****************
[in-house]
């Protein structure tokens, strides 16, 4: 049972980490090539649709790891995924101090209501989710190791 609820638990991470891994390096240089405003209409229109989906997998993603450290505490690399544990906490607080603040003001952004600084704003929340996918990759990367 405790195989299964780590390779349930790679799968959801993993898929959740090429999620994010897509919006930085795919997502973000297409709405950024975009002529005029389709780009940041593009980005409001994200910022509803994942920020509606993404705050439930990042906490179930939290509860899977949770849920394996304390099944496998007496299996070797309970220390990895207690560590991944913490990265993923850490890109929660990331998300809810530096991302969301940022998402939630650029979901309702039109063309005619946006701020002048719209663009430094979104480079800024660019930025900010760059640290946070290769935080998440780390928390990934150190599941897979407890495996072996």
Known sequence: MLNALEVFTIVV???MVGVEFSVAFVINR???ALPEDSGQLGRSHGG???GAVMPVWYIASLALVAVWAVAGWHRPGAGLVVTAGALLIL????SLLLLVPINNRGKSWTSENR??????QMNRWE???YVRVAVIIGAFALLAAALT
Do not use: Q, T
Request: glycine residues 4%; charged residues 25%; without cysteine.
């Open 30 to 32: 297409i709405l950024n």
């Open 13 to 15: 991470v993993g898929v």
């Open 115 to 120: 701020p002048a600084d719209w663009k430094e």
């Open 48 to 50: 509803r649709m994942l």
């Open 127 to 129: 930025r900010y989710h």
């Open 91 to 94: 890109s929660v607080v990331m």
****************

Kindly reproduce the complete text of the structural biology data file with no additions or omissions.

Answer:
[in-house]
């Protein structure tokens, strides 16, 4: 049972980490090539649709790891995924101090209501989710190791 609820638990991470891994390096240089405003209409229109989906997998993603450290505490690399544990906490607080603040003001952004600084704003929340996918990759990367 405790195989299964780590390779349930790679799968959801993993898929959740090429999620994010897509919006930085795919997502973000297409709405950024975009002529005029389709780009940041593009980005409001994200910022509803994942920020509606993404705050439930990042906490179930939290509860899977949770849920394996304390099944496998007496299996070797309970220390990895207690560590991944913490990265993923850490890109929660990331998300809810530096991302969301940022998402939630650029979901309702039109063309005619946006701020002048719209663009430094979104480079800024660019930025900010760059640290946070290769935080998440780390928390990934150190599941897979407890495996072996």
Known sequence: MLNALEVFTIVV???MVGVEFSVAFVINR???ALPEDSGQLGRSHGG???GAVMPVWYIASLALVAVWAVAGWHRPGAGLVVTAGALLIL????SLLLLVPINNRGKSWTSENR??????QMNRWE???YVRVAVIIGAFALLAAALT
Do not use: Q, T
Request: glycine residues 4%; charged residues 25%; without cysteine.
């Open 30 to 32: 297409i709405l950024n």
């Open 13 to 15: 991470v993993g898929v």
């Open 115 to 120: 701020p002048a600084d719209w663009k430094e």
């Open 48 to 50: 509803r649709m994942l």
């Open 127 to 129: 930025r900010y989710h």
């Open 91 to 94: 890109s929660v607080v990331m």